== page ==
Today’s post is part of a special series here on Planet Pailly called Sciency Words. Each week, we take a closer look at an interesting science or science-related term to help us expand our scientific vocabularies together. Today’s term is:
According to the appendix of Frank Herbert’s Dune, a graben is defined as “a long geological ditch formed when the ground sinks because of movements in the underlying crustal layers.”
According to real life, a graben is… well, it’s exactly what Frank Herbert said it is. The term comes from a German word meaning trench, which is a nice, direct way to describe what grabens look like: trenches.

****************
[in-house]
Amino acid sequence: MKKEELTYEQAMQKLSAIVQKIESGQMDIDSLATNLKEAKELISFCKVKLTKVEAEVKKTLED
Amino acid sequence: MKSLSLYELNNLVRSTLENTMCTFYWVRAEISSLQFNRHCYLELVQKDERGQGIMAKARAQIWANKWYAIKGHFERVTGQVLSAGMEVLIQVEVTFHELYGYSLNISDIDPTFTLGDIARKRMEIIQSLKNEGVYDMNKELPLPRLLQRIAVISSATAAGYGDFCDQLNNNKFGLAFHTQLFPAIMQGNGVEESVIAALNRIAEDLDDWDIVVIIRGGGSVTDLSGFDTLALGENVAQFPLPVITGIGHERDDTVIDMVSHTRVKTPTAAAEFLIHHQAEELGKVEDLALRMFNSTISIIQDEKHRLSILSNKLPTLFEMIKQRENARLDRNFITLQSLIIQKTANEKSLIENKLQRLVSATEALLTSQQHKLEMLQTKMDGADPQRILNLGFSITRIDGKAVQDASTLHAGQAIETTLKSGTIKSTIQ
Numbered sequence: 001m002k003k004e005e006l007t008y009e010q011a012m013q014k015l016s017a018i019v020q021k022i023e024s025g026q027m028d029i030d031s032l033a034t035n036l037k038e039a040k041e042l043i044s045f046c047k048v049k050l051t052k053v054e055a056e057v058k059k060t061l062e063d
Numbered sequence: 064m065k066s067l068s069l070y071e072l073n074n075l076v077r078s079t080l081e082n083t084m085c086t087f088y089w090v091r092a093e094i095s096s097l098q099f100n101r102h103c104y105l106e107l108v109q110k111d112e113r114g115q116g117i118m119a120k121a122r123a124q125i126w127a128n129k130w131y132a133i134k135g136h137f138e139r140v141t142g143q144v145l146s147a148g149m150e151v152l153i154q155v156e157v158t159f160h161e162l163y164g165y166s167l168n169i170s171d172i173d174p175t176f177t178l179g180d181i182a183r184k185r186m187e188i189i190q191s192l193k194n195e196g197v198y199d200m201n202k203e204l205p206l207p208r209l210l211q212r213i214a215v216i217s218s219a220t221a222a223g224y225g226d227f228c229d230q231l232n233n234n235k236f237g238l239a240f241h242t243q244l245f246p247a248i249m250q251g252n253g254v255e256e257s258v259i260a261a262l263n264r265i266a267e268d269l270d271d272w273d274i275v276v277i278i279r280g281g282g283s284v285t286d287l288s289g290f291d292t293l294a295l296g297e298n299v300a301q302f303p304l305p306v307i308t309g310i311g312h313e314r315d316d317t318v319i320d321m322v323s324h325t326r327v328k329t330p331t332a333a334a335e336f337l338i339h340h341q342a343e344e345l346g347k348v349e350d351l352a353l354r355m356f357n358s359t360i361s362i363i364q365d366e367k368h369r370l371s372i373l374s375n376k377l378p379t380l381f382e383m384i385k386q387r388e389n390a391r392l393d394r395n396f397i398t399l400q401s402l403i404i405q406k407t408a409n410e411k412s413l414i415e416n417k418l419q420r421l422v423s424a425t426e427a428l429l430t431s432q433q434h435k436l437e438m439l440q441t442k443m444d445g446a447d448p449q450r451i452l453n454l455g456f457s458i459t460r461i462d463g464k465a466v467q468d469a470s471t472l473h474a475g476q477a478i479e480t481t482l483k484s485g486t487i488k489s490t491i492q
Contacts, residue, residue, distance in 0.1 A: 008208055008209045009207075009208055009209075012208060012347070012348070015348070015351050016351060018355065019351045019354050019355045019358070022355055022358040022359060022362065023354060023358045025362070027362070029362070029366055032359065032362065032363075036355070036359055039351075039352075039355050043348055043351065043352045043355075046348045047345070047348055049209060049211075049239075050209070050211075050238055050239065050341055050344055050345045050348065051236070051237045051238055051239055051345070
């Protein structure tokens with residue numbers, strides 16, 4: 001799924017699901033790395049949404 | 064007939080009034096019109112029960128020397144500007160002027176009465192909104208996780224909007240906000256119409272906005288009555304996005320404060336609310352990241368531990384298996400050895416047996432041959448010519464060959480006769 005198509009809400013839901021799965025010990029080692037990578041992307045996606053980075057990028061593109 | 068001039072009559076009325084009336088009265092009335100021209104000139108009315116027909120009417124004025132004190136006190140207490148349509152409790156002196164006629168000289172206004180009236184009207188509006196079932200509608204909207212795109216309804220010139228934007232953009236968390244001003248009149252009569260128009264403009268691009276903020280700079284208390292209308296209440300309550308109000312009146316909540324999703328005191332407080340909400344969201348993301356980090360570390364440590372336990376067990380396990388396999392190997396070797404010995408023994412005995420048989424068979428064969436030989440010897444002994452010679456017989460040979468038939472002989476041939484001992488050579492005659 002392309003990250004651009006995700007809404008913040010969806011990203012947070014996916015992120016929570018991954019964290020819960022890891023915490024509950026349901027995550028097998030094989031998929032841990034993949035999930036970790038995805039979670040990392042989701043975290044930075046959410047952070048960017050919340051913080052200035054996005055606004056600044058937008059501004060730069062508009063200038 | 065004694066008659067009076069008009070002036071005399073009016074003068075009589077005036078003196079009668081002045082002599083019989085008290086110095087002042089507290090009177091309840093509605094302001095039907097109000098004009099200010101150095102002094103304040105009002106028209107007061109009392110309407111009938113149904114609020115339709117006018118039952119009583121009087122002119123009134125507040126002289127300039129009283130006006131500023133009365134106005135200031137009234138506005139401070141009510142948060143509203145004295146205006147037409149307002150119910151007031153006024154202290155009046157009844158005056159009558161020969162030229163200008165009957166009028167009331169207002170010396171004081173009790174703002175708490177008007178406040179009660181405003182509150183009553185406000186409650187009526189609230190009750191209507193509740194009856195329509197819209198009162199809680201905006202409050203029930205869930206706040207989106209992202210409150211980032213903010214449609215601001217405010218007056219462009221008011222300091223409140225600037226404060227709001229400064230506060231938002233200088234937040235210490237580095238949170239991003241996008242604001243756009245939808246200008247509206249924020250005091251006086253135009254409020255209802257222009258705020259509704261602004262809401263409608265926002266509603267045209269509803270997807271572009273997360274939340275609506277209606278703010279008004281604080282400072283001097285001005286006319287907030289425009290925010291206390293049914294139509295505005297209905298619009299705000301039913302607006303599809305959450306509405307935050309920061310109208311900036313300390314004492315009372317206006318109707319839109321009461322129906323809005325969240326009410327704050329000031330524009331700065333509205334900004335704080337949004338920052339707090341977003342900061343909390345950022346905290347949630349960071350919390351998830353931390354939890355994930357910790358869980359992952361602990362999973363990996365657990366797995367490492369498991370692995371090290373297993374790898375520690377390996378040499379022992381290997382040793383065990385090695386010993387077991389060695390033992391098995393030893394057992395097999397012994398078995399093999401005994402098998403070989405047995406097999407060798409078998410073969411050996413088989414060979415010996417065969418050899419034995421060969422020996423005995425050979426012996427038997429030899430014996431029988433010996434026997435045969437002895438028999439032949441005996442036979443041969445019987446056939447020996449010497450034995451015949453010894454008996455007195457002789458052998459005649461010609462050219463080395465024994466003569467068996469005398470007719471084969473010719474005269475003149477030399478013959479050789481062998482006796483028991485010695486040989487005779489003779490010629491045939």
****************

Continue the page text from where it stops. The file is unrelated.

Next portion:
Grabens tend to form between two “normal faults” if the faults run more-or-less parallel to each other. In other words, they form when two masses of the planet’s crust start moving away from each other, allowing a thin sliver of material to sink down into the gap between them.
I used to think grabens could only form due to the movements of tectonic plates, which would mean we should only expect to find them on Earth—the only planet known to have active plate tectonics. But really grabens can occur on any world where the planetary crust is moving around, being pushed or pulled in different directions, causing the surface to stretch and crack.
That could explain why grabens, or at least surface features that look an awful lot like grabens, have been observed on the Moon, Mars, and other places in the Solar System. And perhaps that’s also why they were found (will be found?) on the planet Arrakis, all the way out in the Canopus Star System, according to Frank Herbert.